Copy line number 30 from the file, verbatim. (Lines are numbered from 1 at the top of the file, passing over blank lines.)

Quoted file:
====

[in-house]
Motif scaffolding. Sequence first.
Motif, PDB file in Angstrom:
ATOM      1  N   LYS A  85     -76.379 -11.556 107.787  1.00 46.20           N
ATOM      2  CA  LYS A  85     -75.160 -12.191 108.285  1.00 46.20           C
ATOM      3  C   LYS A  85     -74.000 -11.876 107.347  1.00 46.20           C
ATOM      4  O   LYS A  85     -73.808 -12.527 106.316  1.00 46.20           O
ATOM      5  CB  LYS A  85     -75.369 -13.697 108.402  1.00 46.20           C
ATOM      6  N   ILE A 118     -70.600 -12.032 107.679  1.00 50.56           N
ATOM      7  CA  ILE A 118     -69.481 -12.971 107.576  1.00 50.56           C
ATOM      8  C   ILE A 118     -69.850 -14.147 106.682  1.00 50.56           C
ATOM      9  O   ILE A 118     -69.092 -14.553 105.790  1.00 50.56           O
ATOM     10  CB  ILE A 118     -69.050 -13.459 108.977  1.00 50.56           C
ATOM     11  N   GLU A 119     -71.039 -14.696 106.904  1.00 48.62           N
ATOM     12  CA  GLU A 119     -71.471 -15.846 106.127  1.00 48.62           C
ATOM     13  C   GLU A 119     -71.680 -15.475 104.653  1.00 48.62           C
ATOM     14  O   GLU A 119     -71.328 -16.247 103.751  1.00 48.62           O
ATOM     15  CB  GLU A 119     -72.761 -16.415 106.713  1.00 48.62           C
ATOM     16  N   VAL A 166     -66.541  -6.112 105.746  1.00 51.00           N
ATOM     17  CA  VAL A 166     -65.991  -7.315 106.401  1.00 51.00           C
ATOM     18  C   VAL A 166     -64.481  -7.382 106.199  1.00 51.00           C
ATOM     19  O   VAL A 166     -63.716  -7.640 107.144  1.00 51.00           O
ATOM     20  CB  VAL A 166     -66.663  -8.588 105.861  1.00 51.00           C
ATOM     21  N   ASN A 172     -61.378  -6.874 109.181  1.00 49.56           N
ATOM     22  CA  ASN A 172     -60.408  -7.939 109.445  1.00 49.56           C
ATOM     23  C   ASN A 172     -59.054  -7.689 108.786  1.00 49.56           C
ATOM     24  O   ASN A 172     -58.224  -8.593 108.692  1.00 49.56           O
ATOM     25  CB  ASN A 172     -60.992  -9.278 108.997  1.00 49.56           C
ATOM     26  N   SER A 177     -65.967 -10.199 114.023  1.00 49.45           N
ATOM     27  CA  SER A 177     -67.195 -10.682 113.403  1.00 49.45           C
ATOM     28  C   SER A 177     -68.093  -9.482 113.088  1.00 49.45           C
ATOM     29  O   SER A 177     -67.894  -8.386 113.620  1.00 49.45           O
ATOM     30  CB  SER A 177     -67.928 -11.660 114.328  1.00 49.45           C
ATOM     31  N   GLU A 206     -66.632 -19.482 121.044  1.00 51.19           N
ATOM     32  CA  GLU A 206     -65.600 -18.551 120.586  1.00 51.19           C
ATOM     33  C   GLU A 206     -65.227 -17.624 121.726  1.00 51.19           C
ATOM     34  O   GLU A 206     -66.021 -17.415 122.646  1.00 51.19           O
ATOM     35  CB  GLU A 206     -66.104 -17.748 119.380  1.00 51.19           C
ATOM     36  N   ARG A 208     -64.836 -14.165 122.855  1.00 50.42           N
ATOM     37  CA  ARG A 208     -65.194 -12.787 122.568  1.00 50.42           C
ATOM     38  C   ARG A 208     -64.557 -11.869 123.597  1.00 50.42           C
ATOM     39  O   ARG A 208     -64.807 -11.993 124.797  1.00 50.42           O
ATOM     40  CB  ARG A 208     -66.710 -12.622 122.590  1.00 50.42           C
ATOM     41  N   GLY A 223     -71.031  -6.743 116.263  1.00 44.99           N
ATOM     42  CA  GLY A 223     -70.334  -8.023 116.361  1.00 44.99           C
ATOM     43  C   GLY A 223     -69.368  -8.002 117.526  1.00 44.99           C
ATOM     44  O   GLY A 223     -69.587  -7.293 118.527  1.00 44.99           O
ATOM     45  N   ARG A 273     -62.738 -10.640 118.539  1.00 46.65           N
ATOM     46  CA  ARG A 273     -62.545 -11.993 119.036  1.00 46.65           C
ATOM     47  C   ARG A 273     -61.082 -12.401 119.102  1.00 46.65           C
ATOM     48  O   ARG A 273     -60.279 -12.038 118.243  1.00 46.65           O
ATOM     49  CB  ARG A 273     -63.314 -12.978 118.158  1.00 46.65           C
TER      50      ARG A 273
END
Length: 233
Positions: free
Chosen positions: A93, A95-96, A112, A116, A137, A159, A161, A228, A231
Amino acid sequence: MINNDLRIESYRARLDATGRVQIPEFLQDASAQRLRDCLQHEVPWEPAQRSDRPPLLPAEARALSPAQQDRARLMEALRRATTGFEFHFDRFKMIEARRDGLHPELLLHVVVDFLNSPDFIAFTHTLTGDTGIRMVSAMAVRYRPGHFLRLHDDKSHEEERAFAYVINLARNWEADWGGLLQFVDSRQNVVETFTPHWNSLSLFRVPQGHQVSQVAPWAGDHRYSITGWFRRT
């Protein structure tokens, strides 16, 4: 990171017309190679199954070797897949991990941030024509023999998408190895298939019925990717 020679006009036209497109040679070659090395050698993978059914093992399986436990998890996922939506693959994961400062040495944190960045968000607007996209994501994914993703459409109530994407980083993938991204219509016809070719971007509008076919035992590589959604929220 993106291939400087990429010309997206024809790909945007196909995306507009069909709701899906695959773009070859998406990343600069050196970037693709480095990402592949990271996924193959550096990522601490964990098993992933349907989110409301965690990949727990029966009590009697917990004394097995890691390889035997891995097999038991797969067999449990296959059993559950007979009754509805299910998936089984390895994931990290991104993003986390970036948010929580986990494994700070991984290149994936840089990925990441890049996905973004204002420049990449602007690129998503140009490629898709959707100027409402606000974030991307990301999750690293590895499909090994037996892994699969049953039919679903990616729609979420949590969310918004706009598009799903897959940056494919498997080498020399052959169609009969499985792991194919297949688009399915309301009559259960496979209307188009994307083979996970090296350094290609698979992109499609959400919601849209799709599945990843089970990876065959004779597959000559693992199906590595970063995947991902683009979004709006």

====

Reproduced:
ATOM     27  CA  SER A 177     -67.195 -10.682 113.403  1.00 49.45           C